It may now be possible to develop vaccines to treat stomach flu for researchers at the University of North Carolina have found that the virus responsible the disease genetically mutates itself, similar to the virus that causes influenza.
The symptoms of Noroviruses, commonly called 'stomach flu' include 72 hours of vomiting and diarrhoea and could sometimes lead to death among the elderly and infants.
"One of the mysteries of medicine has been why do they keep infecting people when you'd think we'd be developing immunity," said Lisa Lindesmith, one of the lead authors of the study.
After examining the relationship between the sequences of genes encoding the GII.4 norovirus strains that have been isolated over the past 20 years they found that the virus evolved irregularly.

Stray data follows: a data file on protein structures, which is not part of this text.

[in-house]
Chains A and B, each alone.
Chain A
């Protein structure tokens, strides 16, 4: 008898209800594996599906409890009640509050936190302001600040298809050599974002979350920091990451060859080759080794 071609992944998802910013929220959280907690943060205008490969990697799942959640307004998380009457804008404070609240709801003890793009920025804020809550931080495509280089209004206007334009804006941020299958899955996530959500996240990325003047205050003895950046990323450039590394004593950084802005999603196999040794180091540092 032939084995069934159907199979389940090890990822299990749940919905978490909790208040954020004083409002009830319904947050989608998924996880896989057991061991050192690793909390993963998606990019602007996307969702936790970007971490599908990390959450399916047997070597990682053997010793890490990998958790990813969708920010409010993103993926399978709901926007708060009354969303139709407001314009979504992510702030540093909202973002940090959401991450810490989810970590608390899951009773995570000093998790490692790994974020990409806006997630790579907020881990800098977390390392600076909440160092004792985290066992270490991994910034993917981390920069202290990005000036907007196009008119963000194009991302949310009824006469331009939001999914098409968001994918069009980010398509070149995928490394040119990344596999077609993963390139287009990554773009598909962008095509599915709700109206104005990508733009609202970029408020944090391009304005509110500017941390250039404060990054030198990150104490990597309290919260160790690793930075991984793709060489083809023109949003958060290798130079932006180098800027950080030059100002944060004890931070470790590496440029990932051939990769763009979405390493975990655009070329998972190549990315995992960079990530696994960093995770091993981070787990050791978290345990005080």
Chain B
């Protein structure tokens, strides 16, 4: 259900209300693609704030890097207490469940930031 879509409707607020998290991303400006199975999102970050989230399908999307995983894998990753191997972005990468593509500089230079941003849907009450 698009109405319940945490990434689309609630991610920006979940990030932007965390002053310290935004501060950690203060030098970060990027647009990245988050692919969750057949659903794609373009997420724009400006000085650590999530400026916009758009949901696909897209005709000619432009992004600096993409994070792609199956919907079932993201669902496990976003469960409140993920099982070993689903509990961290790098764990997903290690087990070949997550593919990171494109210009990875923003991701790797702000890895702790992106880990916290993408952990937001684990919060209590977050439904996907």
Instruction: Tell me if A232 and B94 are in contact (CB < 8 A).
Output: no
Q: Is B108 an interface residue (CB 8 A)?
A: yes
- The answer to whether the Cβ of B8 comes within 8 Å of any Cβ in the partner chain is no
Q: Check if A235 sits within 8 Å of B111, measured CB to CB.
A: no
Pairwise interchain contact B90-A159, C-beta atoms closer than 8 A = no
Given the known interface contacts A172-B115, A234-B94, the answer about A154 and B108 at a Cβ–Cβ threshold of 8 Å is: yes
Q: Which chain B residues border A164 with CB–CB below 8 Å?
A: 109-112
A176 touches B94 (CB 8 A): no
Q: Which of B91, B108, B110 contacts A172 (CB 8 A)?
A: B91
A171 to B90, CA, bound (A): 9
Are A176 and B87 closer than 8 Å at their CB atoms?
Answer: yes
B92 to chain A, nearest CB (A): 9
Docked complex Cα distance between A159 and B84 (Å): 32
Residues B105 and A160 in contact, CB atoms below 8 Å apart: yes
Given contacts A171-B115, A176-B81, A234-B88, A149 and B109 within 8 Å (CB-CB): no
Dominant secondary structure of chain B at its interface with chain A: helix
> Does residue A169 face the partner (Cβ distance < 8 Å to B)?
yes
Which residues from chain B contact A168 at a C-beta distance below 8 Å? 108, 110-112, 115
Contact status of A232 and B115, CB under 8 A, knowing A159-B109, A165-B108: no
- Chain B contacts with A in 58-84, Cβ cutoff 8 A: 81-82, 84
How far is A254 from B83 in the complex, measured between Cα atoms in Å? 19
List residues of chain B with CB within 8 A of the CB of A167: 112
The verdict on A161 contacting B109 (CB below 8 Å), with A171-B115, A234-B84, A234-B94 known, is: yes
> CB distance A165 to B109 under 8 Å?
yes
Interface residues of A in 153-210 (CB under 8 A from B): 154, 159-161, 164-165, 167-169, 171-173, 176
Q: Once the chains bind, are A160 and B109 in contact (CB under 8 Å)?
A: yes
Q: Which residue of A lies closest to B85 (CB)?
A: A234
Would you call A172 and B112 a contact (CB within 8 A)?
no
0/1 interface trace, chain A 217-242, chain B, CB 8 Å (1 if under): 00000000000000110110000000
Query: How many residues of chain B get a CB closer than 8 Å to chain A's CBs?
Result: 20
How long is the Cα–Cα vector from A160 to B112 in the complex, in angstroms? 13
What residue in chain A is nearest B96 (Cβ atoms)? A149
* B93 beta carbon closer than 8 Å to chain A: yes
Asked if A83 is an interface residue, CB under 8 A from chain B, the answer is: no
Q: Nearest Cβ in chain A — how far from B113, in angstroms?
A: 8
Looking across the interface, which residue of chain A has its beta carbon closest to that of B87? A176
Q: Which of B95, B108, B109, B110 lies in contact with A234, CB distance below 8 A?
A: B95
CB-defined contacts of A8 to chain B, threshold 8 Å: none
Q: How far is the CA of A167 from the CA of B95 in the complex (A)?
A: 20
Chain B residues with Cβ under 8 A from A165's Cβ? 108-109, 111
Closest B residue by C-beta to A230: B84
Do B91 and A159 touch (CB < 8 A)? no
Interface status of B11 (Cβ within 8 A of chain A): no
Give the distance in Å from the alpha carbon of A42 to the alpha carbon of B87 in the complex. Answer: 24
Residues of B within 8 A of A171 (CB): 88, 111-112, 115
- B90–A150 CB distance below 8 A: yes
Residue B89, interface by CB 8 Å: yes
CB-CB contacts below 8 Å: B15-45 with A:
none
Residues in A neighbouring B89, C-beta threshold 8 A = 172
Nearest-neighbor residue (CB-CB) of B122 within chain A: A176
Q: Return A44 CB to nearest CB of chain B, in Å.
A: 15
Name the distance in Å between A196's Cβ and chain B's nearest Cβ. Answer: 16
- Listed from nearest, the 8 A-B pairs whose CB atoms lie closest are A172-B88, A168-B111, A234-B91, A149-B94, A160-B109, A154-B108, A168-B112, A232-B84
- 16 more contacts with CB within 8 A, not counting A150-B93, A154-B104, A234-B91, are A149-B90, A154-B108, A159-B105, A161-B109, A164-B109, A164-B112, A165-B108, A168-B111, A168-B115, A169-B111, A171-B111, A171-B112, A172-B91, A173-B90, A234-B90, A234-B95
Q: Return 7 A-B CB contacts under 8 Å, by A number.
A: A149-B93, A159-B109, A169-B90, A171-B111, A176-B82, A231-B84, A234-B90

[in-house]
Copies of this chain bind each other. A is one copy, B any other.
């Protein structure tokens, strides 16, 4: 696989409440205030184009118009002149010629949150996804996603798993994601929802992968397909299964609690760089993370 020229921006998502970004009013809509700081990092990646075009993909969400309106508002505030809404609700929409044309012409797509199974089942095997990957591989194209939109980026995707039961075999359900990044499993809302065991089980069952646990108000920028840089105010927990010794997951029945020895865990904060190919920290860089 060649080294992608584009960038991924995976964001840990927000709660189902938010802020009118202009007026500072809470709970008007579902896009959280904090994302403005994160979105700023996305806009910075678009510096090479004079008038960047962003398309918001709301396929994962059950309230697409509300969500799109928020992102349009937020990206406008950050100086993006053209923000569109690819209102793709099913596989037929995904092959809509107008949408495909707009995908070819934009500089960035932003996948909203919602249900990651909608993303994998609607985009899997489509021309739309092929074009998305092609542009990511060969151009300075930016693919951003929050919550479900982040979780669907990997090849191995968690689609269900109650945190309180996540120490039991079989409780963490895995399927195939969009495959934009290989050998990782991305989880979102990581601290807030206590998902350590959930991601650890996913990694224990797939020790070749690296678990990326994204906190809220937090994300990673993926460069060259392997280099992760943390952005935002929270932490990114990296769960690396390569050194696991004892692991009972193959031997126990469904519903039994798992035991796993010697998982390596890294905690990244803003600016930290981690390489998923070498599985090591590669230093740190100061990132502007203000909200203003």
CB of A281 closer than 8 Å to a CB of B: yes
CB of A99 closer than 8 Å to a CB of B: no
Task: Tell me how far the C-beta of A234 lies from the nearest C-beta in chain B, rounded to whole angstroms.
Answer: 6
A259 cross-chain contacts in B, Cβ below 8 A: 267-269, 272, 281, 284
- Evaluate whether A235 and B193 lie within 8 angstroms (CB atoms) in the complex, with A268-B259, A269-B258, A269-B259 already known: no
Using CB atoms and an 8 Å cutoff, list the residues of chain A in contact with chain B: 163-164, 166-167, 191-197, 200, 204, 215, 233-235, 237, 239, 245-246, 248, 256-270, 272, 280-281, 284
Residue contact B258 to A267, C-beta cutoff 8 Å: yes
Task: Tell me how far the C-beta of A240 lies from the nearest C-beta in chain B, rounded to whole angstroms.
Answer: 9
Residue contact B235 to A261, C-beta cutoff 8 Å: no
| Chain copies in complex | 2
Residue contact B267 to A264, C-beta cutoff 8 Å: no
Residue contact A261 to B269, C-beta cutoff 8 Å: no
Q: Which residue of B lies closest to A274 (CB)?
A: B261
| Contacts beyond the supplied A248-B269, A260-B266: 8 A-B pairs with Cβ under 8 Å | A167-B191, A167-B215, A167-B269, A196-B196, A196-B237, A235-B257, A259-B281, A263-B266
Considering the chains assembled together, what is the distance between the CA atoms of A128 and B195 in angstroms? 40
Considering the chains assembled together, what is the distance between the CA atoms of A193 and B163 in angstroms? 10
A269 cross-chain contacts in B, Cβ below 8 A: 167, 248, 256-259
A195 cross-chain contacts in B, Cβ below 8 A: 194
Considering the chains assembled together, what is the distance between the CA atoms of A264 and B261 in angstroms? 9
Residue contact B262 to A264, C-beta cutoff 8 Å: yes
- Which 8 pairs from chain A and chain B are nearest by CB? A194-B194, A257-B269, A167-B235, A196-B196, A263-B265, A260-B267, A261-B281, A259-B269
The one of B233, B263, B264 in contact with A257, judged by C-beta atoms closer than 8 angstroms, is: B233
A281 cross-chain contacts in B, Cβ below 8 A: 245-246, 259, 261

"What we've found is that the GII.4 arm [of the noroviruses] keeps changing. Whenever we're seeing big outbreaks of norovirus, we're also seeing genetic changes in the virus," she added.
"Noroviruses are very contagious. It may only take one or two viral particles to become infected.
"Good hand washing is critical when the virus is present. A vaccine may someday have an important role, too, especially among the elderly and other people particularly vulnerable to the effects of the illness," she said.